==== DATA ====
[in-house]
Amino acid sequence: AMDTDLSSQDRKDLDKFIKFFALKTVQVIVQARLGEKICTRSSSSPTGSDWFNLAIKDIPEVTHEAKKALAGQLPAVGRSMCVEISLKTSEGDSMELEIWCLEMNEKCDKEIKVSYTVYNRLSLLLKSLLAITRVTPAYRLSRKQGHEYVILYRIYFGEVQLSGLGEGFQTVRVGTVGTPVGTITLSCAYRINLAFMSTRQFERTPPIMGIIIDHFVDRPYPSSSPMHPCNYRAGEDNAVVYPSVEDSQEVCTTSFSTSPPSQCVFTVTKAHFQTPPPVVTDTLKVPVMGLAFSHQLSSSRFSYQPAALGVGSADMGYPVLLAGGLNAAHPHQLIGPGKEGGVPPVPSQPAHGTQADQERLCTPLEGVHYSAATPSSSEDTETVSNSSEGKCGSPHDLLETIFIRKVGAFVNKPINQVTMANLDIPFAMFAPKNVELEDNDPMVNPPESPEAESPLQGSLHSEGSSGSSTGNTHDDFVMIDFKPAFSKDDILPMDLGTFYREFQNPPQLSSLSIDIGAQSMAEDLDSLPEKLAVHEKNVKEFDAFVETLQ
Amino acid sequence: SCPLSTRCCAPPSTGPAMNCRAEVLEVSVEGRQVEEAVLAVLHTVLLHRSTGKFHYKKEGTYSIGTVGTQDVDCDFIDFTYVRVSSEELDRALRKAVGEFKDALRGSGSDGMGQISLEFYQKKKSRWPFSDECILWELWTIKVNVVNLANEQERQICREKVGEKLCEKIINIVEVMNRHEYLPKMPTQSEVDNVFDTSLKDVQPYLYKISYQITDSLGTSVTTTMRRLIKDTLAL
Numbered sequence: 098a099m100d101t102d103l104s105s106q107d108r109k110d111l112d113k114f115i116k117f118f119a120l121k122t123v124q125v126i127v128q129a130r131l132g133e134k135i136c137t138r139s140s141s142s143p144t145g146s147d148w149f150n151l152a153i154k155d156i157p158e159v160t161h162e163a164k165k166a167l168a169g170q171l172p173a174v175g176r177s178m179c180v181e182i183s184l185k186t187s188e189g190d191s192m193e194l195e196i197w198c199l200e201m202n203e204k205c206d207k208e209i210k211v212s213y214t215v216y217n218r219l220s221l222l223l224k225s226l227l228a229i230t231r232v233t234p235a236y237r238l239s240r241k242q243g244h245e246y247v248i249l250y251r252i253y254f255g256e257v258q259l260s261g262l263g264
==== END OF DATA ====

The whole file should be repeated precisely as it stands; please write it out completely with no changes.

[in-house]
Amino acid sequence: AMDTDLSSQDRKDLDKFIKFFALKTVQVIVQARLGEKICTRSSSSPTGSDWFNLAIKDIPEVTHEAKKALAGQLPAVGRSMCVEISLKTSEGDSMELEIWCLEMNEKCDKEIKVSYTVYNRLSLLLKSLLAITRVTPAYRLSRKQGHEYVILYRIYFGEVQLSGLGEGFQTVRVGTVGTPVGTITLSCAYRINLAFMSTRQFERTPPIMGIIIDHFVDRPYPSSSPMHPCNYRAGEDNAVVYPSVEDSQEVCTTSFSTSPPSQCVFTVTKAHFQTPPPVVTDTLKVPVMGLAFSHQLSSSRFSYQPAALGVGSADMGYPVLLAGGLNAAHPHQLIGPGKEGGVPPVPSQPAHGTQADQERLCTPLEGVHYSAATPSSSEDTETVSNSSEGKCGSPHDLLETIFIRKVGAFVNKPINQVTMANLDIPFAMFAPKNVELEDNDPMVNPPESPEAESPLQGSLHSEGSSGSSTGNTHDDFVMIDFKPAFSKDDILPMDLGTFYREFQNPPQLSSLSIDIGAQSMAEDLDSLPEKLAVHEKNVKEFDAFVETLQ
Amino acid sequence: SCPLSTRCCAPPSTGPAMNCRAEVLEVSVEGRQVEEAVLAVLHTVLLHRSTGKFHYKKEGTYSIGTVGTQDVDCDFIDFTYVRVSSEELDRALRKAVGEFKDALRGSGSDGMGQISLEFYQKKKSRWPFSDECILWELWTIKVNVVNLANEQERQICREKVGEKLCEKIINIVEVMNRHEYLPKMPTQSEVDNVFDTSLKDVQPYLYKISYQITDSLGTSVTTTMRRLIKDTLAL
Numbered sequence: 098a099m100d101t102d103l104s105s106q107d108r109k110d111l112d113k114f115i116k117f118f119a120l121k122t123v124q125v126i127v128q129a130r131l132g133e134k135i136c137t138r139s140s141s142s143p144t145g146s147d148w149f150n151l152a153i154k155d156i157p158e159v160t161h162e163a164k165k166a167l168a169g170q171l172p173a174v175g176r177s178m179c180v181e182i183s184l185k186t187s188e189g190d191s192m193e194l195e196i197w198c199l200e201m202n203e204k205c206d207k208e209i210k211v212s213y214t215v216y217n218r219l220s221l222l223l224k225s226l227l228a229i230t231r232v233t234p235a236y237r238l239s240r241k242q243g244h245e246y247v248i249l250y251r252i253y254f255g256e257v258q259l260s261g262l263g264